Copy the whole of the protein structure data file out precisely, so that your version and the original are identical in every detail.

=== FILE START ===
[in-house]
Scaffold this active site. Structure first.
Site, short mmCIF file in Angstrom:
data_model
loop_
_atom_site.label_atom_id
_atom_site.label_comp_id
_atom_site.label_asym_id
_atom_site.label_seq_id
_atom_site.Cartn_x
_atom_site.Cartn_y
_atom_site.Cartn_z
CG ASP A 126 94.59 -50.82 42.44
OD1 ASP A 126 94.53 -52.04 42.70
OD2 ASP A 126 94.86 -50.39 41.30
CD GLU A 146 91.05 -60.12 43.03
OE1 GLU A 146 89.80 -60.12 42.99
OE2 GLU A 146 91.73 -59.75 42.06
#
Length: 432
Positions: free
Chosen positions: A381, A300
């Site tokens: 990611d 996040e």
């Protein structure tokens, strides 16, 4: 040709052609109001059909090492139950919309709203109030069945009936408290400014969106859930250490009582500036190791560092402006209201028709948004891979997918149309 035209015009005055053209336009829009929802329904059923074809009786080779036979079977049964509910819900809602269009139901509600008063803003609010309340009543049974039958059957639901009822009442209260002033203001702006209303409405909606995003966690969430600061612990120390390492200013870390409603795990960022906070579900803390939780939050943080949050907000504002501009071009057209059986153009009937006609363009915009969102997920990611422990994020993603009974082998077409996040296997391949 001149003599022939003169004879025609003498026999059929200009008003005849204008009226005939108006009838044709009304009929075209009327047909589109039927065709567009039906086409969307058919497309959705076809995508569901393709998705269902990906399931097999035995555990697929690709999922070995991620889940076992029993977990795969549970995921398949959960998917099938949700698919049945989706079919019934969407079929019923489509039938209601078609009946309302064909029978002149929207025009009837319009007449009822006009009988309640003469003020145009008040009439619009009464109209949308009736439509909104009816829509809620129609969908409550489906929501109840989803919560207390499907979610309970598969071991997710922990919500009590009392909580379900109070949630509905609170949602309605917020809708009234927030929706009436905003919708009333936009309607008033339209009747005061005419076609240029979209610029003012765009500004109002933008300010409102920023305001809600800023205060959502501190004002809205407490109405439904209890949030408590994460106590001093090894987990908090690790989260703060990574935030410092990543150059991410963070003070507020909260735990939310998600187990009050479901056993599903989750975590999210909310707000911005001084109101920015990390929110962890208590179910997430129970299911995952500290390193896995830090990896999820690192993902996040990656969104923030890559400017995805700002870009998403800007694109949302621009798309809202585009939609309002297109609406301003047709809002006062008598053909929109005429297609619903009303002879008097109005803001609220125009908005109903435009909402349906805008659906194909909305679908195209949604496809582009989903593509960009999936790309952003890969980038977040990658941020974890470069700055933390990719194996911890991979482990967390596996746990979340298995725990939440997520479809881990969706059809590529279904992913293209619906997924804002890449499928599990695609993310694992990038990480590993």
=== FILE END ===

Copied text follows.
[in-house]
Scaffold this active site. Structure first.
Site, short mmCIF file in Angstrom:
data_model
loop_
_atom_site.label_atom_id
_atom_site.label_comp_id
_atom_site.label_asym_id
_atom_site.label_seq_id
_atom_site.Cartn_x
_atom_site.Cartn_y
_atom_site.Cartn_z
CG ASP A 126 94.59 -50.82 42.44
OD1 ASP A 126 94.53 -52.04 42.70
OD2 ASP A 126 94.86 -50.39 41.30
CD GLU A 146 91.05 -60.12 43.03
OE1 GLU A 146 89.80 -60.12 42.99
OE2 GLU A 146 91.73 -59.75 42.06
#
Length: 432
Positions: free
Chosen positions: A381, A300
């Site tokens: 990611d 996040e």
């Protein structure tokens, strides 16, 4: 040709052609109001059909090492139950919309709203109030069945009936408290400014969106859930250490009582500036190791560092402006209201028709948004891979997918149309 035209015009005055053209336009829009929802329904059923074809009786080779036979079977049964509910819900809602269009139901509600008063803003609010309340009543049974039958059957639901009822009442209260002033203001702006209303409405909606995003966690969430600061612990120390390492200013870390409603795990960022906070579900803390939780939050943080949050907000504002501009071009057209059986153009009937006609363009915009969102997920990611422990994020993603009974082998077409996040296997391949 001149003599022939003169004879025609003498026999059929200009008003005849204008009226005939108006009838044709009304009929075209009327047909589109039927065709567009039906086409969307058919497309959705076809995508569901393709998705269902990906399931097999035995555990697929690709999922070995991620889940076992029993977990795969549970995921398949959960998917099938949700698919049945989706079919019934969407079929019923489509039938209601078609009946309302064909029978002149929207025009009837319009007449009822006009009988309640003469003020145009008040009439619009009464109209949308009736439509909104009816829509809620129609969908409550489906929501109840989803919560207390499907979610309970598969071991997710922990919500009590009392909580379900109070949630509905609170949602309605917020809708009234927030929706009436905003919708009333936009309607008033339209009747005061005419076609240029979209610029003012765009500004109002933008300010409102920023305001809600800023205060959502501190004002809205407490109405439904209890949030408590994460106590001093090894987990908090690790989260703060990574935030410092990543150059991410963070003070507020909260735990939310998600187990009050479901056993599903989750975590999210909310707000911005001084109101920015990390929110962890208590179910997430129970299911995952500290390193896995830090990896999820690192993902996040990656969104923030890559400017995805700002870009998403800007694109949302621009798309809202585009939609309002297109609406301003047709809002006062008598053909929109005429297609619903009303002879008097109005803001609220125009908005109903435009909402349906805008659906194909909305679908195209949604496809582009989903593509960009999936790309952003890969980038977040990658941020974890470069700055933390990719194996911890991979482990967390596996746990979340298995725990939440997520479809881990969706059809590529279904992913293209619906997924804002890449499928599990695609993310694992990038990480590993």